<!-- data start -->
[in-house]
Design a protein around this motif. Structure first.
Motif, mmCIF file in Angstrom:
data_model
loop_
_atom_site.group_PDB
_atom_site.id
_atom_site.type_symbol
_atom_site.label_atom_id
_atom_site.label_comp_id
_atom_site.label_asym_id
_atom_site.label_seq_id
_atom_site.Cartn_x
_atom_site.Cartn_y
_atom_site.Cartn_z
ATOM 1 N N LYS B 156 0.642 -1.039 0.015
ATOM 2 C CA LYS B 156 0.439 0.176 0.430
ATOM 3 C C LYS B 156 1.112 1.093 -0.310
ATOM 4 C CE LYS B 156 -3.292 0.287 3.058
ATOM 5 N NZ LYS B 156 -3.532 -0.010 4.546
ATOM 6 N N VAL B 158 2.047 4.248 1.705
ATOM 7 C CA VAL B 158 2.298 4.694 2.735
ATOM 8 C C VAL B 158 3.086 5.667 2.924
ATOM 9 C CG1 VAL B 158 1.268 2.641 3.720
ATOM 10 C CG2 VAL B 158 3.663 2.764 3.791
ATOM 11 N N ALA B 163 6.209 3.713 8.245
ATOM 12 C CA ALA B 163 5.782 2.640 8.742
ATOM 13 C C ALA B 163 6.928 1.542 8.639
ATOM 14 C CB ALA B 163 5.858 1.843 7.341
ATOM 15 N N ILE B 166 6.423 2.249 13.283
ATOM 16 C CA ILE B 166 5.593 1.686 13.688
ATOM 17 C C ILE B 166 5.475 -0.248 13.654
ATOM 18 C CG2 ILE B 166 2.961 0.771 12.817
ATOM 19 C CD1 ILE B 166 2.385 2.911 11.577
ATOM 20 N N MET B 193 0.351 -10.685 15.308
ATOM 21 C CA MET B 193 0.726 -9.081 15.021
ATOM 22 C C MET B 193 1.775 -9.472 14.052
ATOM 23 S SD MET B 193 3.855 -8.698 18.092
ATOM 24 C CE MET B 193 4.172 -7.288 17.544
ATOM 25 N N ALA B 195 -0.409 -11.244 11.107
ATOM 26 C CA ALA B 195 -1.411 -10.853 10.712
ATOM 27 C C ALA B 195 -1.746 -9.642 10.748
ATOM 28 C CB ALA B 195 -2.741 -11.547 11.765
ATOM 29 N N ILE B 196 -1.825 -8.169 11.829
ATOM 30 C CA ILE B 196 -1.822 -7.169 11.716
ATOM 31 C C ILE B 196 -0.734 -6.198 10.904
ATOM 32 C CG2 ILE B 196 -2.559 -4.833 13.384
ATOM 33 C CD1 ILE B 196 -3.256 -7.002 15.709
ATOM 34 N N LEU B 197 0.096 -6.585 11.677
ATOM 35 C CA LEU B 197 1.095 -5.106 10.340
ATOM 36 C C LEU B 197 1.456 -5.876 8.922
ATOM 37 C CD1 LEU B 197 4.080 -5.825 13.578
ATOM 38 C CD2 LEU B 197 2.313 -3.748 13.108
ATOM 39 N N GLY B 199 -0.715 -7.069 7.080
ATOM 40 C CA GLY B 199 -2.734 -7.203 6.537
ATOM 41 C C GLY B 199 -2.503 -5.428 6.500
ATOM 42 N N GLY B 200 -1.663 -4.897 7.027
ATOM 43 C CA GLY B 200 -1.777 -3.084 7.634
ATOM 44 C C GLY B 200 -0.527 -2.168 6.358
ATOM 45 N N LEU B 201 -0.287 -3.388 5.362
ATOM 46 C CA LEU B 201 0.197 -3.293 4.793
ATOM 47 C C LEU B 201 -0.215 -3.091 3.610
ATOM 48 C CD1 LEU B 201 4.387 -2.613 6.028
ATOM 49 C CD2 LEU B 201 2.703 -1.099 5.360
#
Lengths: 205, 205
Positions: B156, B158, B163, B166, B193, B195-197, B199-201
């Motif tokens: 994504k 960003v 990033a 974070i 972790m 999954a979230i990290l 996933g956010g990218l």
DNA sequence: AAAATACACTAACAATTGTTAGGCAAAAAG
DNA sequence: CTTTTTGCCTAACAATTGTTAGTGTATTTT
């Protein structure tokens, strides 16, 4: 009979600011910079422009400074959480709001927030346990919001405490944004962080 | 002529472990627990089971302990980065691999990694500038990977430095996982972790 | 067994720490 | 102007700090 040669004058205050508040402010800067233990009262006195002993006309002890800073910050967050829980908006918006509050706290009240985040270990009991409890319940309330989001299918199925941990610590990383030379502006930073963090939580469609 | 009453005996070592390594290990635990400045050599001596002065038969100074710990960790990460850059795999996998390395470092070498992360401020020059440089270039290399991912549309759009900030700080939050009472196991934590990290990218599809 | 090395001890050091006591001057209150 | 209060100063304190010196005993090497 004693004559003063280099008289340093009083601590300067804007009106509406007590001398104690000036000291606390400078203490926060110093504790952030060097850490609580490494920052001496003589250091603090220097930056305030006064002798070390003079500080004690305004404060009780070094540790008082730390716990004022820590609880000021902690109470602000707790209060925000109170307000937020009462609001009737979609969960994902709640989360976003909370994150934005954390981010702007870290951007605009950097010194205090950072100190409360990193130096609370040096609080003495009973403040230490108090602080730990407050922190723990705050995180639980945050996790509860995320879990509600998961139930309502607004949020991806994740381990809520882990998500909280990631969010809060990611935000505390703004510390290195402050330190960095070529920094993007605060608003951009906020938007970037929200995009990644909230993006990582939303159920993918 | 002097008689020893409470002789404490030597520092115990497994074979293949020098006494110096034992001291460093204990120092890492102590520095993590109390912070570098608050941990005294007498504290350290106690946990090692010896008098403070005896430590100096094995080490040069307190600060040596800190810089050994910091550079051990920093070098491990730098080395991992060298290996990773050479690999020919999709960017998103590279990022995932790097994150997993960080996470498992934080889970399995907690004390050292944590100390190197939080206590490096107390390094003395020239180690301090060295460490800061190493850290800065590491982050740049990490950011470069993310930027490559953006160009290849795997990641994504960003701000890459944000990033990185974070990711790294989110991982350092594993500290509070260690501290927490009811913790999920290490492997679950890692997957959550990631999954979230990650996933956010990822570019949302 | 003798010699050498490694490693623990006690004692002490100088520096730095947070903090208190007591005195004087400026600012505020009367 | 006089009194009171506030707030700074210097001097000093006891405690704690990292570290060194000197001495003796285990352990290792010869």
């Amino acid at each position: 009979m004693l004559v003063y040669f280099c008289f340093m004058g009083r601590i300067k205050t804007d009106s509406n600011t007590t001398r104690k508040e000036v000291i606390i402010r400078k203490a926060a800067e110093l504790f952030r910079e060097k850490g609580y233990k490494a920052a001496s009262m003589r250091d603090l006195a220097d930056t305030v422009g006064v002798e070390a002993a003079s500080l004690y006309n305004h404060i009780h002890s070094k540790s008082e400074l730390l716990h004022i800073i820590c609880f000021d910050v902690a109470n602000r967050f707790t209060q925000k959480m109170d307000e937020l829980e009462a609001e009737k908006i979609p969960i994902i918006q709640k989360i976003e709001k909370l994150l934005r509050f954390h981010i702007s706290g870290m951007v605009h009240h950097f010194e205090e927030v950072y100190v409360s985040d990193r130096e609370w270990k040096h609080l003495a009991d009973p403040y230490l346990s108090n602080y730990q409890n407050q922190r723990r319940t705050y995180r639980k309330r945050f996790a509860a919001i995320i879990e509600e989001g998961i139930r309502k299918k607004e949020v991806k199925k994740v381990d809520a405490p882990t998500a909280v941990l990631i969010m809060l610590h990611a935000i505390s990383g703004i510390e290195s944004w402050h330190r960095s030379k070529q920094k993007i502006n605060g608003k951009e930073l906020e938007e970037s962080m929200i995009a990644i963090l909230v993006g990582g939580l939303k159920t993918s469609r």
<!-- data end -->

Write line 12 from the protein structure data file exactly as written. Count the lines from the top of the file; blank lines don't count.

_atom_site.label_seq_id